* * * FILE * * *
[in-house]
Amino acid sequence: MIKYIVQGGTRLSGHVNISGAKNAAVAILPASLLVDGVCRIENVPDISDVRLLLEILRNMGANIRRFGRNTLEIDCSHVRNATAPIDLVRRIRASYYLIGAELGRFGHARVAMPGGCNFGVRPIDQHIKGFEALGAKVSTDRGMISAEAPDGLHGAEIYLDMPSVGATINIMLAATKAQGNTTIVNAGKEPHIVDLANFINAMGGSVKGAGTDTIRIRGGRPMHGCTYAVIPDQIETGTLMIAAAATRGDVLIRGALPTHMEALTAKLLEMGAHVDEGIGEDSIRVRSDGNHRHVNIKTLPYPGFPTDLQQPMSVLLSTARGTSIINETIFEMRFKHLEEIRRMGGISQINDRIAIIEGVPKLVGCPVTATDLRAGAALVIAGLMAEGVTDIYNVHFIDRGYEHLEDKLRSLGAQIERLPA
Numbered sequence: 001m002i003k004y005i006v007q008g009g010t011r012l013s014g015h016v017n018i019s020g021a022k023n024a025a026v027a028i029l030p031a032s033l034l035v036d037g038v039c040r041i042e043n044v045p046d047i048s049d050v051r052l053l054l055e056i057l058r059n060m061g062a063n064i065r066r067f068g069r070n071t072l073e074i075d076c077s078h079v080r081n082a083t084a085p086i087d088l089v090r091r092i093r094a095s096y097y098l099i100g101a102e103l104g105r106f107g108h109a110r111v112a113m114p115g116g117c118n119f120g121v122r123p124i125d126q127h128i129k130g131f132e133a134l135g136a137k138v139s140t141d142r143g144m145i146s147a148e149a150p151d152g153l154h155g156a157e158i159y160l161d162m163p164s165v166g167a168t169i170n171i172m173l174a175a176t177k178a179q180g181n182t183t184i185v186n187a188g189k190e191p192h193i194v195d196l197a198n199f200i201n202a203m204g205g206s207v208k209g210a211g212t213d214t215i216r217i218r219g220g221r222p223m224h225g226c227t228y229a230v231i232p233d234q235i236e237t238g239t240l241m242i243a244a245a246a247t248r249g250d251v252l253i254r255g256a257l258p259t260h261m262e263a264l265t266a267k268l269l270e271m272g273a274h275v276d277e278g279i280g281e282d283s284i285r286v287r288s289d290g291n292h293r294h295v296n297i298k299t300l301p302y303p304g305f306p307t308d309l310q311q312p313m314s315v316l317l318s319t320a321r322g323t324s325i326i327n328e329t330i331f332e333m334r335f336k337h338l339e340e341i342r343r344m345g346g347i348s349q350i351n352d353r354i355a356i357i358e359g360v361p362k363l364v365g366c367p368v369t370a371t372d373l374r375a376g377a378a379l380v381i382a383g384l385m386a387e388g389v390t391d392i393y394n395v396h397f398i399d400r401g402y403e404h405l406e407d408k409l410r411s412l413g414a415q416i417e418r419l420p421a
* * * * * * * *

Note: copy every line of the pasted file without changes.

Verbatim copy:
[in-house]
Amino acid sequence: MIKYIVQGGTRLSGHVNISGAKNAAVAILPASLLVDGVCRIENVPDISDVRLLLEILRNMGANIRRFGRNTLEIDCSHVRNATAPIDLVRRIRASYYLIGAELGRFGHARVAMPGGCNFGVRPIDQHIKGFEALGAKVSTDRGMISAEAPDGLHGAEIYLDMPSVGATINIMLAATKAQGNTTIVNAGKEPHIVDLANFINAMGGSVKGAGTDTIRIRGGRPMHGCTYAVIPDQIETGTLMIAAAATRGDVLIRGALPTHMEALTAKLLEMGAHVDEGIGEDSIRVRSDGNHRHVNIKTLPYPGFPTDLQQPMSVLLSTARGTSIINETIFEMRFKHLEEIRRMGGISQINDRIAIIEGVPKLVGCPVTATDLRAGAALVIAGLMAEGVTDIYNVHFIDRGYEHLEDKLRSLGAQIERLPA
Numbered sequence: 001m002i003k004y005i006v007q008g009g010t011r012l013s014g015h016v017n018i019s020g021a022k023n024a025a026v027a028i029l030p031a032s033l034l035v036d037g038v039c040r041i042e043n044v045p046d047i048s049d050v051r052l053l054l055e056i057l058r059n060m061g062a063n064i065r066r067f068g069r070n071t072l073e074i075d076c077s078h079v080r081n082a083t084a085p086i087d088l089v090r091r092i093r094a095s096y097y098l099i100g101a102e103l104g105r106f107g108h109a110r111v112a113m114p115g116g117c118n119f120g121v122r123p124i125d126q127h128i129k130g131f132e133a134l135g136a137k138v139s140t141d142r143g144m145i146s147a148e149a150p151d152g153l154h155g156a157e158i159y160l161d162m163p164s165v166g167a168t169i170n171i172m173l174a175a176t177k178a179q180g181n182t183t184i185v186n187a188g189k190e191p192h193i194v195d196l197a198n199f200i201n202a203m204g205g206s207v208k209g210a211g212t213d214t215i216r217i218r219g220g221r222p223m224h225g226c227t228y229a230v231i232p233d234q235i236e237t238g239t240l241m242i243a244a245a246a247t248r249g250d251v252l253i254r255g256a257l258p259t260h261m262e263a264l265t266a267k268l269l270e271m272g273a274h275v276d277e278g279i280g281e282d283s284i285r286v287r288s289d290g291n292h293r294h295v296n297i298k299t300l301p302y303p304g305f306p307t308d309l310q311q312p313m314s315v316l317l318s319t320a321r322g323t324s325i326i327n328e329t330i331f332e333m334r335f336k337h338l339e340e341i342r343r344m345g346g347i348s349q350i351n352d353r354i355a356i357i358e359g360v361p362k363l364v365g366c367p368v369t370a371t372d373l374r375a376g377a378a379l380v381i382a383g384l385m386a387e388g389v390t391d392i393y394n395v396h397f398i399d400r401g402y403e404h405l406e407d408k409l410r411s412l413g414a415q416i417e418r419l420p421a